Unit Test Good Practice: One Test Serves Only One Purpose

In this post, I would like to talk about a concrete example of unit test and keep myself to keep the good practice of unit test in mind as the following figure suggests.

Unit Test: Checks a single assumption about the behavior of one system

Unit Test: Checks a single assumption about the behavior of one system

Developers should be familiar with this principle of Unit Test, Let’s take a look at one concrete example here. Consider the following unit test:

@Test(expected=CustomException.class)
public void testException() {
    CustomClass fixture = new CustomClass();
    assertEqual(10, fixture.divdeTwoNumbers(100, 0));
}

The above test is a bad one because, assertEqual() could be confusing, the good practice we should follow is that one test should serve only one purpose, the scope of testing is smaller, the better. That is, a unit test should only involve one functionality of the system, like what is says in the figure: Checks a single assumption about the behavior of one system.

So a better one should be:

@Test(expected=CustomException.class)
public void testException() {
    CustomClass fixture = new CustomClass();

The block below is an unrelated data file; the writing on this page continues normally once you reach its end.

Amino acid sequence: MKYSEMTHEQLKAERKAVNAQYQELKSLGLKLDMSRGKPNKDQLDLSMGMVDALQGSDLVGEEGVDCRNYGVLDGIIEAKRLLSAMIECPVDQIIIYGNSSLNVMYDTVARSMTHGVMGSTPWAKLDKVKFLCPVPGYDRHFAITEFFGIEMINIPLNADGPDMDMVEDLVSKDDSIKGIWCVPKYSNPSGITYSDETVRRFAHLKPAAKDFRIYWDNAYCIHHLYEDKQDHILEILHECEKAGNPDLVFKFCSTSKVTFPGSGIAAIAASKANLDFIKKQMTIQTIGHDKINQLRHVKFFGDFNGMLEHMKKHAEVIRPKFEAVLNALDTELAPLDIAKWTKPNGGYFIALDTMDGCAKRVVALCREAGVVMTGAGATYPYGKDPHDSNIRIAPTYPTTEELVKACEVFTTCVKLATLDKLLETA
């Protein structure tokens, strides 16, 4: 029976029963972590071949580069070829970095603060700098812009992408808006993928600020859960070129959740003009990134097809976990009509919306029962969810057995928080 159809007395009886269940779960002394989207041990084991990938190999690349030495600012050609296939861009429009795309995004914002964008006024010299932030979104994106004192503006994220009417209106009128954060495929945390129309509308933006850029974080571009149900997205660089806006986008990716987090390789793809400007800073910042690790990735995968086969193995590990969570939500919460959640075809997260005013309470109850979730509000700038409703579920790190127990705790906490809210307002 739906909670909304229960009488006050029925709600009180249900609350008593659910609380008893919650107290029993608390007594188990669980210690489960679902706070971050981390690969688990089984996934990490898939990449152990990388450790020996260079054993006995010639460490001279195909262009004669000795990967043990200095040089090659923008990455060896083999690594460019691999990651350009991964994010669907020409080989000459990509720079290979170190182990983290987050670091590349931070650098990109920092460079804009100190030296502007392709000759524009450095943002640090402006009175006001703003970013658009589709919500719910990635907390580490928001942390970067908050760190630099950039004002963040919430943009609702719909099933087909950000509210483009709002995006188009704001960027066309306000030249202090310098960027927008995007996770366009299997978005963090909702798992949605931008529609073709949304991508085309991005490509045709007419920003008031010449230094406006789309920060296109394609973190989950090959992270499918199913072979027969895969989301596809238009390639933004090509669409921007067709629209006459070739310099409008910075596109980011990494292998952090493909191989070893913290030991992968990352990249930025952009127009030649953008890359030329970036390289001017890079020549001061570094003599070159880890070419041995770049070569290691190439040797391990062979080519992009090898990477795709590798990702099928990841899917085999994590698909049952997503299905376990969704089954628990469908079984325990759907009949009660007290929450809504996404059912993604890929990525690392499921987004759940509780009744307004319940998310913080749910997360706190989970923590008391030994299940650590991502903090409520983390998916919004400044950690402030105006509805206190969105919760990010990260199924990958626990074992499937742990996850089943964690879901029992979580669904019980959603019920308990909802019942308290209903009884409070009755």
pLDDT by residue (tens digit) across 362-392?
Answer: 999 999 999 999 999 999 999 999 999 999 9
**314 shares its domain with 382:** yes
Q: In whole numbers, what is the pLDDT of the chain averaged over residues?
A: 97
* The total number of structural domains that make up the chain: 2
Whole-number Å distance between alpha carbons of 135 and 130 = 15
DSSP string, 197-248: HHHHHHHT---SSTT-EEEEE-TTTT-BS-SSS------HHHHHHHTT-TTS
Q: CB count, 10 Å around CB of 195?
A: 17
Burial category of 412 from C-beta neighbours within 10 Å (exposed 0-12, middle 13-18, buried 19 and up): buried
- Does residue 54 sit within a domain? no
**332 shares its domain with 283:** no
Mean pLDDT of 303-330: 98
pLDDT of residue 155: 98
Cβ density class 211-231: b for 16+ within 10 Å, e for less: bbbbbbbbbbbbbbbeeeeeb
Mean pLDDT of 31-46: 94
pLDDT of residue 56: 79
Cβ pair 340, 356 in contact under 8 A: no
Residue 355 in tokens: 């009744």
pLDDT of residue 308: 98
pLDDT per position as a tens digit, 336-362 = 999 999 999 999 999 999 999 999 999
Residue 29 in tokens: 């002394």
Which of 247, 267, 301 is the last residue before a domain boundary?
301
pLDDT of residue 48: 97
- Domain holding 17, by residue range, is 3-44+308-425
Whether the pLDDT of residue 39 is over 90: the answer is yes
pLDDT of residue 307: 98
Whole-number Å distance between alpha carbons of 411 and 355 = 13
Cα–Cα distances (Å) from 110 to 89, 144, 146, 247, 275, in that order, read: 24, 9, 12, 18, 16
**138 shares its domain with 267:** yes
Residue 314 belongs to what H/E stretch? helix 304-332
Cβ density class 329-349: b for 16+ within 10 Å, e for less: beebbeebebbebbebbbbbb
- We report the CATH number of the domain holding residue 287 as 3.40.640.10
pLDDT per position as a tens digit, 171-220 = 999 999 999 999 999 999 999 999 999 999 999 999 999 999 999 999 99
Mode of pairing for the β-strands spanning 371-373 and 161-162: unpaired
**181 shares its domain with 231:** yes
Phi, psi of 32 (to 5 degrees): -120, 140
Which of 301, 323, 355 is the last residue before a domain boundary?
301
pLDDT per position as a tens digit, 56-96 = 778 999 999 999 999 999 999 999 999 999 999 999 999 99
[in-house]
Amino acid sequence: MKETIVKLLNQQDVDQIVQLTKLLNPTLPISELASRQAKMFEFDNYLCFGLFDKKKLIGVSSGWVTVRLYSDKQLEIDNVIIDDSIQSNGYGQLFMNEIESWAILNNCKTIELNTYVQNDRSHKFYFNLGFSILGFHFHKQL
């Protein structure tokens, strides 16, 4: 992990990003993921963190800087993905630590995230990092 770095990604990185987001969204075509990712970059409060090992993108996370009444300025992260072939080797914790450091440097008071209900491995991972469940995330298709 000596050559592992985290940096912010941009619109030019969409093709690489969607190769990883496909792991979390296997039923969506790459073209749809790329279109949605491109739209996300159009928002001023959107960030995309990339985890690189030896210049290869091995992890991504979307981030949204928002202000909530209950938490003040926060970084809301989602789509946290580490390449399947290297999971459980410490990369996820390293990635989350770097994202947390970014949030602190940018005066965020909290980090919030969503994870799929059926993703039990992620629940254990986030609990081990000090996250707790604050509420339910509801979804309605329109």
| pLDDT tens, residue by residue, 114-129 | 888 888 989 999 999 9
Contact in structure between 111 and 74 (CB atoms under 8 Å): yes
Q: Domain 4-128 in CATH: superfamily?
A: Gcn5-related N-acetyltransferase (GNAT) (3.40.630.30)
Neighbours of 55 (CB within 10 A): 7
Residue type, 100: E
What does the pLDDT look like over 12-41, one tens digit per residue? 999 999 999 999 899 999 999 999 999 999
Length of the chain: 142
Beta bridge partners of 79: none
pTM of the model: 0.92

fixture.divdeTwoNumbers(100, 0);
}

Or equivalently, we should write something like the following:

@Test
public void testException() {
    CustomClass fixture = new CustomClass();
    try {
        fixture.divdeTwoNumbers(100, 0);
        fail();
    } catch (CustomException e) {
       // PASS
    }
}

One might think it is not a big deal because essentially, all of the three tests above are working and serve what we what to test. That is true, but as things go on, the later two, especially that last one makes more sense when we get back to read the test and understand the test.

To summary, for Unit Test, One Test Serves Only One Purpose might have two folds of meaning: 1)  Checks a single assumption about the behavior of one system, this is about the one being tested; 2) The unit test itself has to be of a single testing purpose, if you only test exception, then do not use assertTrue or assertEquals, because they are different and separate testing purposes, and could be confusing.

I posted this article just in order to keep myself to be aware of such details, and if you have any better and other good practices to suggest, feel free to leave comments and I would appreciate it a lot! Thanks in advance!

Written on May 28, 2015